D.C. Circuit’s Exploratory Data Ruling Is A Win For Transparency

When scientists employed by universities, nonprofit institutes, or corporations publish scientific studies, they routinely make their underlying research data available to peer reviewers and anyone else who is interested. A recent D.C. Circuit decision¸ Pavement Coatings Technology Council v. United States Geological Survey, 995 F.3d  1014 (D.C. Cir. 2021), confirms that federal government scientists should be no different. They cannot shield their published work from professional, industry, or public criticism by invoking Freedom of Information Act (FOIA) Exemption 5—the “deliberative process privilege”—as a reason for refusing to disclose their “exploratory” research data.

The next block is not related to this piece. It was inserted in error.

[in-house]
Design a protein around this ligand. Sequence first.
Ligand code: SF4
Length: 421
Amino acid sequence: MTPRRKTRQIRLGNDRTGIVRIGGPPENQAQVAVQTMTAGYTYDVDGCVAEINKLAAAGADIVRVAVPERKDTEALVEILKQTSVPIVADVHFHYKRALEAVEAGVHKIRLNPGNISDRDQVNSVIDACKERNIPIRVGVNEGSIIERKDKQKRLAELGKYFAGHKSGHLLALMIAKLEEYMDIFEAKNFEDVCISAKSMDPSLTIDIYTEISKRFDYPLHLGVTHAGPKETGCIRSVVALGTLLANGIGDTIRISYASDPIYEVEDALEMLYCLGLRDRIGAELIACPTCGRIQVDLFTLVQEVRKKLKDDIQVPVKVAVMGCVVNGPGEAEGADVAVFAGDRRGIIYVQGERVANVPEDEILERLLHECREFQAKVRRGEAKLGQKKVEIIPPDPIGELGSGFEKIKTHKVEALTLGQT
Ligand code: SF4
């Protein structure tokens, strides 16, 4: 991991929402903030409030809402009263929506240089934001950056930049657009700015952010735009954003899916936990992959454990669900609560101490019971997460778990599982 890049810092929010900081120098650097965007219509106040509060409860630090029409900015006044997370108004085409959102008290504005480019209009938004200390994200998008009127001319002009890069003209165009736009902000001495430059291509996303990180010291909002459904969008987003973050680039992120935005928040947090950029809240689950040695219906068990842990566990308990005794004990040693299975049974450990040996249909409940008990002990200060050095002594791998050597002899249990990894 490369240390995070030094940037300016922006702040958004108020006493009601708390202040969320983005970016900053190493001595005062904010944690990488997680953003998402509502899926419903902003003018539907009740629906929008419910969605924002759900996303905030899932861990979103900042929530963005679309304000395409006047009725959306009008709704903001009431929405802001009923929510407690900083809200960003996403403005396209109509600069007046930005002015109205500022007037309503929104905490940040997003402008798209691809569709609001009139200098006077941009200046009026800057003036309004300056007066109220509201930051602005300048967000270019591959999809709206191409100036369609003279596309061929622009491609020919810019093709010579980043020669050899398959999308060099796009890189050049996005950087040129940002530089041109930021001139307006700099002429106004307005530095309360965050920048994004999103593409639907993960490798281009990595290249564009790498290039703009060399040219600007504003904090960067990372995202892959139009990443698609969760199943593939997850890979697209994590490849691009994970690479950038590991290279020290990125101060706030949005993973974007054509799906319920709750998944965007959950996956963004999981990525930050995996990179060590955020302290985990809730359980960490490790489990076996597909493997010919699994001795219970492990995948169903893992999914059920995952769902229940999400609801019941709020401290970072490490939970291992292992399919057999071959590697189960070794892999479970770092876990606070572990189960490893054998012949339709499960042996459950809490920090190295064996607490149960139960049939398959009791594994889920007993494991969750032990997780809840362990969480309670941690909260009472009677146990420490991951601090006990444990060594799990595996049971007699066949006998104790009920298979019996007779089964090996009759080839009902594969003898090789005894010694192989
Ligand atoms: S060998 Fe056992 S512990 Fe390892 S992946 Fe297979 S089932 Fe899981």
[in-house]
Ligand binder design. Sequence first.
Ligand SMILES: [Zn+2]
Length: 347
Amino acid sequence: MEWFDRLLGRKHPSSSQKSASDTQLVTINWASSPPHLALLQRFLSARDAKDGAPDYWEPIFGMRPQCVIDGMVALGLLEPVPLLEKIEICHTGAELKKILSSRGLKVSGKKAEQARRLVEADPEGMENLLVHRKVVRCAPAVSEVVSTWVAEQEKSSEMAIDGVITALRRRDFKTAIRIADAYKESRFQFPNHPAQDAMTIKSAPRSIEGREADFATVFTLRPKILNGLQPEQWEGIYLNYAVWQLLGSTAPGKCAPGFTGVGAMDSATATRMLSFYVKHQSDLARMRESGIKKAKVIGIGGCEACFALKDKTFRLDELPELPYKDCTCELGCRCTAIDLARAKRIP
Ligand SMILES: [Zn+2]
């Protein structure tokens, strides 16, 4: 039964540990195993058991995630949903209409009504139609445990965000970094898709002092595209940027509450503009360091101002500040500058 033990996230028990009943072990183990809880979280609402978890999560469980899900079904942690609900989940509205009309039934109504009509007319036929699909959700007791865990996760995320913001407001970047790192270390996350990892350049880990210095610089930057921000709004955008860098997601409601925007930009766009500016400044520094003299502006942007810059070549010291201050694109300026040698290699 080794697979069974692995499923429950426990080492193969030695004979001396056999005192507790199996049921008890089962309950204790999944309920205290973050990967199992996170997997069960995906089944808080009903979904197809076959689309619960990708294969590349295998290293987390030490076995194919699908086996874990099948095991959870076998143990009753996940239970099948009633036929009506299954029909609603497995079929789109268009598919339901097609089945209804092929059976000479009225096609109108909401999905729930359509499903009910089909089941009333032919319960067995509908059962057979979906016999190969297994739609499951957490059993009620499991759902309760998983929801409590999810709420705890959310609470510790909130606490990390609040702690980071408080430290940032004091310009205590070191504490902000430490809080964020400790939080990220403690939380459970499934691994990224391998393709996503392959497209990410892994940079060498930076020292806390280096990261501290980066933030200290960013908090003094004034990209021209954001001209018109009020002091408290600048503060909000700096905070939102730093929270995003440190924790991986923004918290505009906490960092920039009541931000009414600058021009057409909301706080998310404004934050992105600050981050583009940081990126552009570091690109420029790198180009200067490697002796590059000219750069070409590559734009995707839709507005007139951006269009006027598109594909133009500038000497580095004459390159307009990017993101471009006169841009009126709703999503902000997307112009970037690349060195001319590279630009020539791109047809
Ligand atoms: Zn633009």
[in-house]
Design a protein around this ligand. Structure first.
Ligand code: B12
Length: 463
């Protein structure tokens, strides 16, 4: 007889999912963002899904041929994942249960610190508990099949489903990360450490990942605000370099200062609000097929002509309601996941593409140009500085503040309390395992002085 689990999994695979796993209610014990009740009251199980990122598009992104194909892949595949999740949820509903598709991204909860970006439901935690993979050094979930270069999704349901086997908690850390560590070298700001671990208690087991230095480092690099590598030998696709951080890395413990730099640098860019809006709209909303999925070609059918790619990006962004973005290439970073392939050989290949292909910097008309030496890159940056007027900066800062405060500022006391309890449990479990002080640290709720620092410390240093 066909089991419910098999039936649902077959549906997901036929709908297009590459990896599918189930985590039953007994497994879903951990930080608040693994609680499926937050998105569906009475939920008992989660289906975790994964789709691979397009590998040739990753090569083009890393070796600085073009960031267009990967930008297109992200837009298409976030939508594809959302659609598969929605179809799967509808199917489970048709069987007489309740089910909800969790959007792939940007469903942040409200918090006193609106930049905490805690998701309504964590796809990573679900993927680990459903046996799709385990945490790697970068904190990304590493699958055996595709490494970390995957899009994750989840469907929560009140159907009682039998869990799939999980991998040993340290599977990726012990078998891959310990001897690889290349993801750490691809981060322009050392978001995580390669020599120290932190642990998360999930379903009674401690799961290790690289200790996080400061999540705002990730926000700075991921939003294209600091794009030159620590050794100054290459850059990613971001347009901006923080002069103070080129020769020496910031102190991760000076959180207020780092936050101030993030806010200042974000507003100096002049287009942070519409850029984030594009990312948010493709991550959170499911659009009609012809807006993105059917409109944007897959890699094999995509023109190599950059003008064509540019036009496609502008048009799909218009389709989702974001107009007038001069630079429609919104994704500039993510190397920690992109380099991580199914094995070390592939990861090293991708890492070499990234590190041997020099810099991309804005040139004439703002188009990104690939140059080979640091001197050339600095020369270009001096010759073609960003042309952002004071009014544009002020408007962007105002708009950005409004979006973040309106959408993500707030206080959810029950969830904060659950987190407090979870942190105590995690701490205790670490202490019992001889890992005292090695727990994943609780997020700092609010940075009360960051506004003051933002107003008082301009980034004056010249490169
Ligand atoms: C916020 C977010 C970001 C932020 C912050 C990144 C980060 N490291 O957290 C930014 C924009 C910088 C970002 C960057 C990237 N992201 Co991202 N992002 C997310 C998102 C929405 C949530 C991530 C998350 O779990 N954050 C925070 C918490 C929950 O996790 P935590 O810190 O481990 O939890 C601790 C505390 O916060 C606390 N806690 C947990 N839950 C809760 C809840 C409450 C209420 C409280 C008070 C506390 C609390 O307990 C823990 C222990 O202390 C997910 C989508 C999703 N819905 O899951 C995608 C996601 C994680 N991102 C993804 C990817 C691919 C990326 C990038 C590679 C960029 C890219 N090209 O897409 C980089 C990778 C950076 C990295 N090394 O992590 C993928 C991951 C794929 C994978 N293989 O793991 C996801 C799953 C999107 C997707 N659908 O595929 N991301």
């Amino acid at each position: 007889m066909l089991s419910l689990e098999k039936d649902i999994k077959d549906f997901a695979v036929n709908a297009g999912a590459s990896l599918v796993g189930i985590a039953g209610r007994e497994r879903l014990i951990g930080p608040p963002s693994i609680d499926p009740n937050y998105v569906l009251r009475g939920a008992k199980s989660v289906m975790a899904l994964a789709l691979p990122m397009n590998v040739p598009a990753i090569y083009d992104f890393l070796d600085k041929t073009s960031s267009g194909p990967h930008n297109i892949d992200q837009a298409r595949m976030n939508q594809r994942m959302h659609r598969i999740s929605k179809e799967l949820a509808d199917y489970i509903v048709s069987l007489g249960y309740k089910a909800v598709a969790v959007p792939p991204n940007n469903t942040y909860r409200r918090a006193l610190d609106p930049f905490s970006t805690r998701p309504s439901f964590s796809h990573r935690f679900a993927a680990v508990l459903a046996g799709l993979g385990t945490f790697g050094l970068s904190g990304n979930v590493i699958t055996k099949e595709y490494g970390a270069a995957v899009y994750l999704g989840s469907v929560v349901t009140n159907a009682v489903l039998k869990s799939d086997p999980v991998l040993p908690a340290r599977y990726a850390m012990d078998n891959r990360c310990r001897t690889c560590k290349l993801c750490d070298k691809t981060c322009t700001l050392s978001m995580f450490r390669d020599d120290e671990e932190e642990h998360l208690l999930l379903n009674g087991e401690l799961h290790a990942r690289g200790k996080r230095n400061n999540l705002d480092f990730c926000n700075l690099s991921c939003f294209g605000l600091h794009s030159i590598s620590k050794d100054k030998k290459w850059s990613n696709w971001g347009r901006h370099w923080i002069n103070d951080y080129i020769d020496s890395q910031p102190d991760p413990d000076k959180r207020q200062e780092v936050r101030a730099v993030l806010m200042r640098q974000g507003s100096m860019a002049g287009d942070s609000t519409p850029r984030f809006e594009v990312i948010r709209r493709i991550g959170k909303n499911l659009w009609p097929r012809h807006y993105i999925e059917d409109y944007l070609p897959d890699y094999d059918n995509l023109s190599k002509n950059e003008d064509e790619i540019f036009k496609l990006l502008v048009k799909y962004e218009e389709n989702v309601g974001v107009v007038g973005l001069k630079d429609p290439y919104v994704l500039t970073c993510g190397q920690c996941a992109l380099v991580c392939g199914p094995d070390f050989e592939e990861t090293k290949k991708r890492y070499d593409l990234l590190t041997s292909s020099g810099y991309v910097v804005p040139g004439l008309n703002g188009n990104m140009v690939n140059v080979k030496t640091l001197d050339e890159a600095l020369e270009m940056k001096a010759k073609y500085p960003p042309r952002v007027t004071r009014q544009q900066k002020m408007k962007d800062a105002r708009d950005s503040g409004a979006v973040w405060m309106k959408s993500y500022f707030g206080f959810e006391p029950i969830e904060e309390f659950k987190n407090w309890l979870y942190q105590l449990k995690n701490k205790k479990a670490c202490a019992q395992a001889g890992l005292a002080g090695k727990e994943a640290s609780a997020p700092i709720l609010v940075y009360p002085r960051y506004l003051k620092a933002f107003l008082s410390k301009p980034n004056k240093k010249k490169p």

The D.C. Circuit appeal was briefed and argued by ALF Executive Vice President & General Counsel Larry Ebner. His Expert Analysis, published by Law360 on October 4, 2021 and co-authored with co-counsel David Kanter, of Swanson, Martin, & Bell LLP, discusses the D.C. Circuit’s opinion and its significance to companies whose products or services are the subject of federal government-conducted scientific research.

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